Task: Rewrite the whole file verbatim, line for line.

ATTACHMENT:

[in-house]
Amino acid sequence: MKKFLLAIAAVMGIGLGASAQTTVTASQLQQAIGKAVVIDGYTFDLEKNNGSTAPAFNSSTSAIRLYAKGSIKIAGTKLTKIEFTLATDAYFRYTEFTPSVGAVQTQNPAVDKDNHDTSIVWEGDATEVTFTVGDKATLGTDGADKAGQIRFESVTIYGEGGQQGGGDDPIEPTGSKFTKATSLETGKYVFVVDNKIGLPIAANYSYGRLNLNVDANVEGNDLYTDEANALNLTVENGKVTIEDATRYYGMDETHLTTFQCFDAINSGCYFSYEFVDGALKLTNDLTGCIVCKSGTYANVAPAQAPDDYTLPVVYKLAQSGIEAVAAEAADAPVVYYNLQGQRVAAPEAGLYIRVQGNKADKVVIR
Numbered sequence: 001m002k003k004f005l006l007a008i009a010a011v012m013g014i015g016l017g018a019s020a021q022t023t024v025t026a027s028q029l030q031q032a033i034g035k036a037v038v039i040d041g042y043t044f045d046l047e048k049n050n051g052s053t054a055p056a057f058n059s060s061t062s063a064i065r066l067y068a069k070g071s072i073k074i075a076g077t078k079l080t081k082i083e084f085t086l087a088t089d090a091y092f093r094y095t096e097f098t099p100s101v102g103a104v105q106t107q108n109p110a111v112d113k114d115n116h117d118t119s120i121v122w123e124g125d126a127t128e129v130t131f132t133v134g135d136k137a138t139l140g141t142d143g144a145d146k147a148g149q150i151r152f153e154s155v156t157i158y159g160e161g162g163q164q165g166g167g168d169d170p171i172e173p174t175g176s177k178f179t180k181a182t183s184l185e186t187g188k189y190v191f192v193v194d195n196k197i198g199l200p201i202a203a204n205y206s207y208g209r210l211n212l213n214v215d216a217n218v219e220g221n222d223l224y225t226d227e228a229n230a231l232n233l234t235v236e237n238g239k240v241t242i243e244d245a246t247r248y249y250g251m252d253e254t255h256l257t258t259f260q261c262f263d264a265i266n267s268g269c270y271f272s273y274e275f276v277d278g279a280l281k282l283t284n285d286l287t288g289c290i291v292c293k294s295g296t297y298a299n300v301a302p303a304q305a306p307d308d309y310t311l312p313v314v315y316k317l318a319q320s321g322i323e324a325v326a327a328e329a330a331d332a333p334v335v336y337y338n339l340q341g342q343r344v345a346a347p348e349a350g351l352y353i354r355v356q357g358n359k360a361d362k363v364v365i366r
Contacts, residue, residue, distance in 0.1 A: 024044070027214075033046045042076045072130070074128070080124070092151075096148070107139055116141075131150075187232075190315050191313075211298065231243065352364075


[in-house]
Amino acid sequence: MKKFLLAIAAVMGIGLGASAQTTVTASQLQQAIGKAVVIDGYTFDLEKNNGSTAPAFNSSTSAIRLYAKGSIKIAGTKLTKIEFTLATDAYFRYTEFTPSVGAVQTQNPAVDKDNHDTSIVWEGDATEVTFTVGDKATLGTDGADKAGQIRFESVTIYGEGGQQGGGDDPIEPTGSKFTKATSLETGKYVFVVDNKIGLPIAANYSYGRLNLNVDANVEGNDLYTDEANALNLTVENGKVTIEDATRYYGMDETHLTTFQCFDAINSGCYFSYEFVDGALKLTNDLTGCIVCKSGTYANVAPAQAPDDYTLPVVYKLAQSGIEAVAAEAADAPVVYYNLQGQRVAAPEAGLYIRVQGNKADKVVIR
Numbered sequence: 001m002k003k004f005l006l007a008i009a010a011v012m013g014i015g016l017g018a019s020a021q022t023t024v025t026a027s028q029l030q031q032a033i034g035k036a037v038v039i040d041g042y043t044f045d046l047e048k049n050n051g052s053t054a055p056a057f058n059s060s061t062s063a064i065r066l067y068a069k070g071s072i073k074i075a076g077t078k079l080t081k082i083e084f085t086l087a088t089d090a091y092f093r094y095t096e097f098t099p100s101v102g103a104v105q106t107q108n109p110a111v112d113k114d115n116h117d118t119s120i121v122w123e124g125d126a127t128e129v130t131f132t133v134g135d136k137a138t139l140g141t142d143g144a145d146k147a148g149q150i151r152f153e154s155v156t157i158y159g160e161g162g163q164q165g166g167g168d169d170p171i172e173p174t175g176s177k178f179t180k181a182t183s184l185e186t187g188k189y190v191f192v193v194d195n196k197i198g199l200p201i202a203a204n205y206s207y208g209r210l211n212l213n214v215d216a217n218v219e220g221n222d223l224y225t226d227e228a229n230a231l232n233l234t235v236e237n238g239k240v241t242i243e244d245a246t247r248y249y250g251m252d253e254t255h256l257t258t259f260q261c262f263d264a265i266n267s268g269c270y271f272s273y274e275f276v277d278g279a280l281k282l283t284n285d286l287t288g289c290i291v292c293k294s295g296t297y298a299n300v301a302p303a304q305a306p307d308d309y310t311l312p313v314v315y316k317l318a319q320s321g322i323e324a325v326a327a328e329a330a331d332a333p334v335v336y337y338n339l340q341g342q343r344v345a346a347p348e349a350g351l352y353i354r355v356q357g358n359k360a361d362k363v364v365i366r
Contacts, residue, residue, distance in 0.1 A: 024044070027214075033046045042076045072130070074128070080124070092151075096148070107139055116141075131150075187232075190315050191313075211298065231243065352364075